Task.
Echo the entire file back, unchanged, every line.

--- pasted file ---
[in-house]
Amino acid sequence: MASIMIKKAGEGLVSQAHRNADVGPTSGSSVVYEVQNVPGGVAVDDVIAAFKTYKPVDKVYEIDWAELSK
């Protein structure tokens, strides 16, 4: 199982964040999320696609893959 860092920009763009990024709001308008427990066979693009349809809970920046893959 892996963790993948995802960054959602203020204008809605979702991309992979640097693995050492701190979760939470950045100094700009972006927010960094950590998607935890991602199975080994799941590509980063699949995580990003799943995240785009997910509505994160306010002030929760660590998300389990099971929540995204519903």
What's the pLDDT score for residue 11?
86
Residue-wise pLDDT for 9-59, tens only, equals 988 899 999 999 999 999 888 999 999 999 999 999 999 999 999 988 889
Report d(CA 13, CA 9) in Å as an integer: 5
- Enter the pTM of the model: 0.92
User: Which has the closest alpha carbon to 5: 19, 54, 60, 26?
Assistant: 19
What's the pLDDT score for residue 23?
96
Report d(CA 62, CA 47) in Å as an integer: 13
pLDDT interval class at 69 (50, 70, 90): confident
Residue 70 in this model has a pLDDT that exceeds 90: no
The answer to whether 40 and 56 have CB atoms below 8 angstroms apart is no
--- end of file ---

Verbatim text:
[in-house]
Amino acid sequence: MASIMIKKAGEGLVSQAHRNADVGPTSGSSVVYEVQNVPGGVAVDDVIAAFKTYKPVDKVYEIDWAELSK
């Protein structure tokens, strides 16, 4: 199982964040999320696609893959 860092920009763009990024709001308008427990066979693009349809809970920046893959 892996963790993948995802960054959602203020204008809605979702991309992979640097693995050492701190979760939470950045100094700009972006927010960094950590998607935890991602199975080994799941590509980063699949995580990003799943995240785009997910509505994160306010002030929760660590998300389990099971929540995204519903």
What's the pLDDT score for residue 11?
86
Residue-wise pLDDT for 9-59, tens only, equals 988 899 999 999 999 999 888 999 999 999 999 999 999 999 999 988 889
Report d(CA 13, CA 9) in Å as an integer: 5
- Enter the pTM of the model: 0.92
User: Which has the closest alpha carbon to 5: 19, 54, 60, 26?
Assistant: 19
What's the pLDDT score for residue 23?
96
Report d(CA 62, CA 47) in Å as an integer: 13
pLDDT interval class at 69 (50, 70, 90): confident
Residue 70 in this model has a pLDDT that exceeds 90: no
The answer to whether 40 and 56 have CB atoms below 8 angstroms apart is no